About

This website was created by Malcolm Morgan at the Centre for Sustainable Development, University of Cambridge

If you have more questions contact Malcolm Morgan: mem48 'at' cam.ac.uk

About the Sustainability Matrix

The Sustainability Matrix is a research tool to gather literature on the sustainability of housing and communities in urban areas. The matrix has two axes; one covers Sustainability Issues, while the other covers Aspects of Housing and Communities.

To find out more about the matrix click here

About the Centre for Sustainable Development

The Centre for Sustainable Development in the Cambridge University Engineering Department was established in 2000, following support provided by the Royal Academy of Engineering, to introduce concepts of sustainability over all our undergraduate engineering courses.

The Centre has grown to encompass the delivery of a one-year full-time taught MPhil in Engineering for Sustainable Development, which was introduced in 2002, and a research community covering sustainable development issues in the fields of water, waste, sustainable communities, assessment methodologies and fragile nation states.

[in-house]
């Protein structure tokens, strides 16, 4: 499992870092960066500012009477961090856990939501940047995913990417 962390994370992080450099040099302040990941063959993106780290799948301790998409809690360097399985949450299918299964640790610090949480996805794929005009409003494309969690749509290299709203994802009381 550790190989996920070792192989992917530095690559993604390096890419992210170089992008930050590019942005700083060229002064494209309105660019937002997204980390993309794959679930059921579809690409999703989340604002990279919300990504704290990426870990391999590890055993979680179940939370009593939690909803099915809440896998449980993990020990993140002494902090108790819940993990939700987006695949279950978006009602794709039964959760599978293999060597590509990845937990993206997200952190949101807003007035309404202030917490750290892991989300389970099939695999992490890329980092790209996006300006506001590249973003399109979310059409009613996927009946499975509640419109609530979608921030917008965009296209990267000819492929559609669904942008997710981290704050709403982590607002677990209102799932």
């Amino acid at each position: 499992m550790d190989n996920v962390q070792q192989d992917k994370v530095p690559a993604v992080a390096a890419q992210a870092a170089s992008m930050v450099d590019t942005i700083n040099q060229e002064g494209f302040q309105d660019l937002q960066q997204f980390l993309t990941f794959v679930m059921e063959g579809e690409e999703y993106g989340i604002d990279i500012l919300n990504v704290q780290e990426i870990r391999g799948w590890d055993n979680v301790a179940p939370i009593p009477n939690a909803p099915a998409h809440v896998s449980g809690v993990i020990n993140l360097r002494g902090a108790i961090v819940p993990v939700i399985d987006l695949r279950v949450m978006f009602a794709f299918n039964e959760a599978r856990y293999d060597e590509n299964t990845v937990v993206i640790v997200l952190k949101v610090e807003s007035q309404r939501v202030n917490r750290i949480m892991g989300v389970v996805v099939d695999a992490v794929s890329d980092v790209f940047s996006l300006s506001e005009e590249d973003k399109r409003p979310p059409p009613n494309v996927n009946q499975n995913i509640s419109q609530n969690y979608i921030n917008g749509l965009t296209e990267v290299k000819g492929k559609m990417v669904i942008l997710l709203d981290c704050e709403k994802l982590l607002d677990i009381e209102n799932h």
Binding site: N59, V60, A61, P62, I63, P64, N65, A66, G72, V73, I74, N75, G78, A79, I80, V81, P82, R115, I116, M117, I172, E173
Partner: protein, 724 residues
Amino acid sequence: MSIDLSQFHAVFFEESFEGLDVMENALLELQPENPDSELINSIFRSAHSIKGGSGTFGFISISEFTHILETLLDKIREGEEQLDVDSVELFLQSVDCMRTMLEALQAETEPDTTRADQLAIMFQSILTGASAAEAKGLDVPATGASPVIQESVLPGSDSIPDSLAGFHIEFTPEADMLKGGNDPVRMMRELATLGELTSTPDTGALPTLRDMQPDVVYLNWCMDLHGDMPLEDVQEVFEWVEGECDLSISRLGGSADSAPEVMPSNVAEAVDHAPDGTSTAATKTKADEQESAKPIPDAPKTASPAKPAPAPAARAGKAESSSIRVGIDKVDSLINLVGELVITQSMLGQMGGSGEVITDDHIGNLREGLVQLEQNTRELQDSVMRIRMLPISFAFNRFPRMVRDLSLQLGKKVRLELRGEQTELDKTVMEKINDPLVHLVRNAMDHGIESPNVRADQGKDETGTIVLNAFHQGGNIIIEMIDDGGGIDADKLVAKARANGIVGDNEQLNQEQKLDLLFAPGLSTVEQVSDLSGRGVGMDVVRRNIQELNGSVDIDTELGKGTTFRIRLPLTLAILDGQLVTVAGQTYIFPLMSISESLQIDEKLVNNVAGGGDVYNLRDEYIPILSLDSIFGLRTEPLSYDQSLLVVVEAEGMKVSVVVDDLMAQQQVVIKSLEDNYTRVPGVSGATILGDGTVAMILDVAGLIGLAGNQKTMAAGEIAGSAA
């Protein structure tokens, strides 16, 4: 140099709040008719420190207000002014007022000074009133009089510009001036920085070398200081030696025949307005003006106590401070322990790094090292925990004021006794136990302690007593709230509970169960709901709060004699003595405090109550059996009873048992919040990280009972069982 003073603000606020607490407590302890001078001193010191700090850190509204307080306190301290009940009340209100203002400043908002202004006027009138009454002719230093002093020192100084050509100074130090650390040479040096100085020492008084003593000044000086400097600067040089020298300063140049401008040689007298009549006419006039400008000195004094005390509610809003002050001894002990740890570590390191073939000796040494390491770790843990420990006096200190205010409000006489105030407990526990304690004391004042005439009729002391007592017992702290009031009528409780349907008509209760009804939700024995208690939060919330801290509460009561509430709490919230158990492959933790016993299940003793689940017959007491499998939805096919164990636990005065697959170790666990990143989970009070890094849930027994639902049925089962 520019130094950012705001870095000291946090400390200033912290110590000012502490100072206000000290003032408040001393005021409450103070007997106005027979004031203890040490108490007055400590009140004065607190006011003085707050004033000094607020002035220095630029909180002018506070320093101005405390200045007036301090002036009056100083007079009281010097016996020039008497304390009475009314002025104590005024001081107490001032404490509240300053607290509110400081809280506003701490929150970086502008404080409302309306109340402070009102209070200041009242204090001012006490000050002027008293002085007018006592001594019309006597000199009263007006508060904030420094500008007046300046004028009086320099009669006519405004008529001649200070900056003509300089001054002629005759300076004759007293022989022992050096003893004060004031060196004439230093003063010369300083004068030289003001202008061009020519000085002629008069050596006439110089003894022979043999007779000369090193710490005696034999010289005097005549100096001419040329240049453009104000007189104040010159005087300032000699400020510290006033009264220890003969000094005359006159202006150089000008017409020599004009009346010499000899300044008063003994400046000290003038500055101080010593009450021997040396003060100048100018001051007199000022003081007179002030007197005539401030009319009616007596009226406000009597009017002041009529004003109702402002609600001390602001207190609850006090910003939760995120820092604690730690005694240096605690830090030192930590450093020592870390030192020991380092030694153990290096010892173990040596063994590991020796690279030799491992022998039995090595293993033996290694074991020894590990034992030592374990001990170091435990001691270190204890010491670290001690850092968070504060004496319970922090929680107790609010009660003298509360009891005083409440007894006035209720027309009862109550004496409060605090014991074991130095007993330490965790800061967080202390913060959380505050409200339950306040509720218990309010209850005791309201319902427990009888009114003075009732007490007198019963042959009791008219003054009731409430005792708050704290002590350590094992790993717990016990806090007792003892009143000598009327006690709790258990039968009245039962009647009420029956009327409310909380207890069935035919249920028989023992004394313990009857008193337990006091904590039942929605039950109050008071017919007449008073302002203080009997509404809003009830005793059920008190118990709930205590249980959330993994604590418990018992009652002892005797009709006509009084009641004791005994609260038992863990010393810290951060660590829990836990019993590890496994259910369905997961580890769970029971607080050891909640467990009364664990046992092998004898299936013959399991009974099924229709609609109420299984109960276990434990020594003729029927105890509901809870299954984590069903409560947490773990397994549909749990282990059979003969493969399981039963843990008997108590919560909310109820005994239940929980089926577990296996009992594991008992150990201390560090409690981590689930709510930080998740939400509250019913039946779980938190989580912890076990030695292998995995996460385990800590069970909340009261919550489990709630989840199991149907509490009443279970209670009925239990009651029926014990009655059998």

For engineers to address sustainable development, more options need to be considered and evaluated, and more choice criteria developed, than are often adopted using the traditional approach. Several of these criteria will not be conveniently measurable. Values, as well as mathematics, need to be applied in formulating the trade-offs and compromises involved in engineering decision-making, and these need to be transparent and accountable to a wide constituency of interested parties.

Our work adopts a multi-disciplinary approach and focuses on the context and complexity in which engineering products and services are delivered.

About Malcolm Morgan

Malcolm Morgan graduated with a First Class degree in Civil Engineering with Sustainability from the University of Warwick in 2011. His PhD research focuses on developing methods to assess the sustainability of houses and communities in urban areas of the UK. The research aims to draw together a wide range of social, environmental, and economic metrics to present a comprehensive view of the sustainability of an area. Malcolm is currently focusing on using Geographical Information System (GIS) software to investigate the use of both space within homes and the disruption of space for different purposes in the city, and how the allocation of space affects sustainability issues.

Malcolm’s research is funded by an EPSRC Doctoral Training Award.